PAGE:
If the reports about Ukrainian forces receiving MBRLs and TRLG-230s from Turkey are accurate, it would appear that a somewhat curious decision was made to include launchers mounted on Russian-made Kamaz-65224 6×6 truck chassis in the package. Roketsan offers versions of the MBRL for export using both 6×6 and 8×8 Kamaz trucks, and is known to have sold examples of those launcher vehicles configured to fire various munitions to Azerbaijan and Bangladesh.

Since Russia launched its all-out invasion of Ukraine in February, the Turkish government under President Recep Tayyip Erdogan, who has steadfastly refused to abandon his country’s close ties to the Kremlin, has tried to position itself as something of a neutral mediator between the two sides. At the same time, Turkey, which is a NATO member, has allowed the delivery of dozens of drones, including more TB2s, to Ukraine from Baykar, one of the country’s preeminent manufacturers of uncrewed aircraft, but these have no connection to Russia. Baykar has its own strong ties to Ukraine that predate the current stage of the conflict.

Oryx also says based on information from its sources that Ukrainian forces have received, or are expected to receive, Roketsan SUNGUR short-range air defense missiles, as well as unspecified Turkish electronic warfare systems. SUNGUR uses an imaging infrared seeker and can be employed from vehicle-mounted and man-portable launchers, as well as in an air-to-air configuration. Ukraine is expected to employ its SUNGURs as aerial weapons launched from TB2 drones, according to Oryx.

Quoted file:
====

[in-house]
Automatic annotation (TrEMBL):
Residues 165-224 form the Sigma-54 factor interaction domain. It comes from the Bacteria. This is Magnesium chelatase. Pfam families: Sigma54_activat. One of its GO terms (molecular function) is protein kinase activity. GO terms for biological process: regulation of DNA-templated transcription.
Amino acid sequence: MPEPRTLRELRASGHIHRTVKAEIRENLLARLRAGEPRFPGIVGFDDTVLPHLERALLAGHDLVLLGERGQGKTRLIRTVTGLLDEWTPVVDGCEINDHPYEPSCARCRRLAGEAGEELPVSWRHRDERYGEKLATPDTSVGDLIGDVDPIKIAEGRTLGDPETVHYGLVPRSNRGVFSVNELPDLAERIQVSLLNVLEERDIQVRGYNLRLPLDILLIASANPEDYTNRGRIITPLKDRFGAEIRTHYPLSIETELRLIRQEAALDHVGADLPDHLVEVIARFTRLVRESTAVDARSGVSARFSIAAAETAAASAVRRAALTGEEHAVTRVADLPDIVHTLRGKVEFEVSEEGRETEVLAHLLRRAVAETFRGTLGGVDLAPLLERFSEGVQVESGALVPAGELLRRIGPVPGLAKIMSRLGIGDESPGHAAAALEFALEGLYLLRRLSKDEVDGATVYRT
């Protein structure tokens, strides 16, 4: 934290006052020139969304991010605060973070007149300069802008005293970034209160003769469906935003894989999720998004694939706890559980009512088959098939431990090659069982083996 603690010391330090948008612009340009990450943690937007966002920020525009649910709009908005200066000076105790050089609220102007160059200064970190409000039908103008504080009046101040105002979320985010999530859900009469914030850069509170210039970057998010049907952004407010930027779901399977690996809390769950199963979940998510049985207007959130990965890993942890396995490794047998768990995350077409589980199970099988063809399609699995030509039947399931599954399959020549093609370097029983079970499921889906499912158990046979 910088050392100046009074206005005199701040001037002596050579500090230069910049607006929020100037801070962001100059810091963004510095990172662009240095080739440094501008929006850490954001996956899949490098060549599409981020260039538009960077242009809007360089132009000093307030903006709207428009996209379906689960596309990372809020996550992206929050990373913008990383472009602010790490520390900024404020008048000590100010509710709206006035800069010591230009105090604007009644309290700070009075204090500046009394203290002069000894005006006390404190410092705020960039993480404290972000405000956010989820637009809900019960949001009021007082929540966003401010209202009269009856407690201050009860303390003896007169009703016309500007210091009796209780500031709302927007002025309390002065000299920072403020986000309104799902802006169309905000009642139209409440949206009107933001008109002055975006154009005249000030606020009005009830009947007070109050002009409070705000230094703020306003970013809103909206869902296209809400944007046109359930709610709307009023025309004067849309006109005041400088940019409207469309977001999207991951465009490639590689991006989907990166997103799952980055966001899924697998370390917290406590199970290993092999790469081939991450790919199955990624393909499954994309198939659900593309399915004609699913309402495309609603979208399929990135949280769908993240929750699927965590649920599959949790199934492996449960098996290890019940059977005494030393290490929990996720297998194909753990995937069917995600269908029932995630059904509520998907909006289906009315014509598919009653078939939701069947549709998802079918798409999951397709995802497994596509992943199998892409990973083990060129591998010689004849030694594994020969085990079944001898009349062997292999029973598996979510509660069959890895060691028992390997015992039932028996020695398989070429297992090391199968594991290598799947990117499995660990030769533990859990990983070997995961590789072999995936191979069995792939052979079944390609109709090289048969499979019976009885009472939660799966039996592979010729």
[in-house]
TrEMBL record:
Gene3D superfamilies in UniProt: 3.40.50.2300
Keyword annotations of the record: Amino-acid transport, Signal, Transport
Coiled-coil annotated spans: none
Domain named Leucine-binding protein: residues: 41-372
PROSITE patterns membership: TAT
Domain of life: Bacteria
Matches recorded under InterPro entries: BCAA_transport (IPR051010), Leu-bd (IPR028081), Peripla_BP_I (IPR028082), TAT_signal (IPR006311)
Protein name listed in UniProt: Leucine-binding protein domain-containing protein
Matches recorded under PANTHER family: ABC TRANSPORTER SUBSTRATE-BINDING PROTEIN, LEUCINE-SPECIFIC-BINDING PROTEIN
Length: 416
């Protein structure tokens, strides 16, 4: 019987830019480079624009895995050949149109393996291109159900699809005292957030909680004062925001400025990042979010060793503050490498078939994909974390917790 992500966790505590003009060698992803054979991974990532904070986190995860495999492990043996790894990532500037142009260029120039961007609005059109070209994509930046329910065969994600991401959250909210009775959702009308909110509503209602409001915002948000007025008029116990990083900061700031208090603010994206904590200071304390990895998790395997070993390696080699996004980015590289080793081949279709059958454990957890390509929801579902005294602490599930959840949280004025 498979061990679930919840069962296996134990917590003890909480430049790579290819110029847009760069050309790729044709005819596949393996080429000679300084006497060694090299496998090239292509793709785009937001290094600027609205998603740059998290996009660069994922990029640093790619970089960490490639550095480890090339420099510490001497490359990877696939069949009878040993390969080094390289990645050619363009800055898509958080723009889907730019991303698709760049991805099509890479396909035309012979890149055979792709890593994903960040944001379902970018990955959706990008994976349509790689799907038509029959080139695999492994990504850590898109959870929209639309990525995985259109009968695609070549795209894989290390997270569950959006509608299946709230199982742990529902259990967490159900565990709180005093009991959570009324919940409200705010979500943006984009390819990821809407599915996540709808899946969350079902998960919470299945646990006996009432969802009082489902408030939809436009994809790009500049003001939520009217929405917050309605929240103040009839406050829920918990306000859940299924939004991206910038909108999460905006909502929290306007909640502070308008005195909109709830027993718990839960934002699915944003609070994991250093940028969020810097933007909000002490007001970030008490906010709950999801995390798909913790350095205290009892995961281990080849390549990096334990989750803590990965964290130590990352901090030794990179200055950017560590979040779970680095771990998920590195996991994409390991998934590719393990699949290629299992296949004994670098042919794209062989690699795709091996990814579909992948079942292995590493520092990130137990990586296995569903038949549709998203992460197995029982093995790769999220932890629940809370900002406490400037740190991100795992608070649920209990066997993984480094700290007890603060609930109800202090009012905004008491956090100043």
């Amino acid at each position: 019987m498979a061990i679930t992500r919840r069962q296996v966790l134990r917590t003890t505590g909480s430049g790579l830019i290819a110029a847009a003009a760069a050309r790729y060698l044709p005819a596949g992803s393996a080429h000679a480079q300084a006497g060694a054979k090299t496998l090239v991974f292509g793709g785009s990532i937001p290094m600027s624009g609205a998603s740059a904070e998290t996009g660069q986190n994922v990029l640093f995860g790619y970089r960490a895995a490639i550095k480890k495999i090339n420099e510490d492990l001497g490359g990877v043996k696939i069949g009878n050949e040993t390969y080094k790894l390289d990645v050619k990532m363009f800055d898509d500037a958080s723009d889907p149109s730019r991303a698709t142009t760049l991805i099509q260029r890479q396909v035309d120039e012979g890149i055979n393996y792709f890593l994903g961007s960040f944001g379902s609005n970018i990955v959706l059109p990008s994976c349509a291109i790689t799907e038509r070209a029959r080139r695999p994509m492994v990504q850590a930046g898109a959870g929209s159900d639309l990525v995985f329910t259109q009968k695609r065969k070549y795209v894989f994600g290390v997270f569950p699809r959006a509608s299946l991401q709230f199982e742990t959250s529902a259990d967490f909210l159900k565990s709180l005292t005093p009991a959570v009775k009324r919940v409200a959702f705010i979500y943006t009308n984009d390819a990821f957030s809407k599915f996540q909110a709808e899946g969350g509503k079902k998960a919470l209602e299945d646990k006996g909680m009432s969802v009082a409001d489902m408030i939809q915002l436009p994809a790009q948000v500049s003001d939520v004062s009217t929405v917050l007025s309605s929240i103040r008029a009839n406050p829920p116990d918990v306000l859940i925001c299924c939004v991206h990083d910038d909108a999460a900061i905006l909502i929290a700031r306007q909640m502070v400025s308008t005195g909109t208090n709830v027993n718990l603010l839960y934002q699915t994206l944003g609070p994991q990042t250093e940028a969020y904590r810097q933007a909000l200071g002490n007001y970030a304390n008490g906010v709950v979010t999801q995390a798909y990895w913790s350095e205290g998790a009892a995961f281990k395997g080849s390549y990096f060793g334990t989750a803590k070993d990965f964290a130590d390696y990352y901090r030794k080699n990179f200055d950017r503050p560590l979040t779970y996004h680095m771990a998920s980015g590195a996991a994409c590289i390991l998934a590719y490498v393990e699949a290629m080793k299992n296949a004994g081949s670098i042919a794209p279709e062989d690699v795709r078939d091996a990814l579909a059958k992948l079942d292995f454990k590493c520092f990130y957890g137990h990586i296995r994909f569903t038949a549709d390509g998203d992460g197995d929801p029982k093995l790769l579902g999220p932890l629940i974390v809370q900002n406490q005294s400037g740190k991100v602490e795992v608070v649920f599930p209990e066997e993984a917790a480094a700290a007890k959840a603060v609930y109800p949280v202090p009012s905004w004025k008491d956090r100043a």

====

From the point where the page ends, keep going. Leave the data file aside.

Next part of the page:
The potential political sensitivities that could surround Ukraine’s employment of TRLG-230s from launchers mounted on Russian Kamaz trucks might explain the very limited visual evidence of their delivery. At the time of writing, no Ukrainian or Turkish officials appear to have publicly confirmed the transfer.

No matter what they might be fired from, TRLG-230 artillery rockets offer Ukrainian forces an important additional tool for conducting stand-off strikes against their Russian opponents, including against moving targets.

Contact the author: joe@thedrive.com

Joseph Trevithick Avatar

Joseph Trevithick

Deputy Editor

Joseph has been a member of The War Zone team since early 2017. Prior to that, he was an Associate Editor at War Is Boring, and his byline has appeared in other publications, including Small Arms Review, Small Arms Defense Journal, Reuters, We Are the Mighty, and Task & Purpose.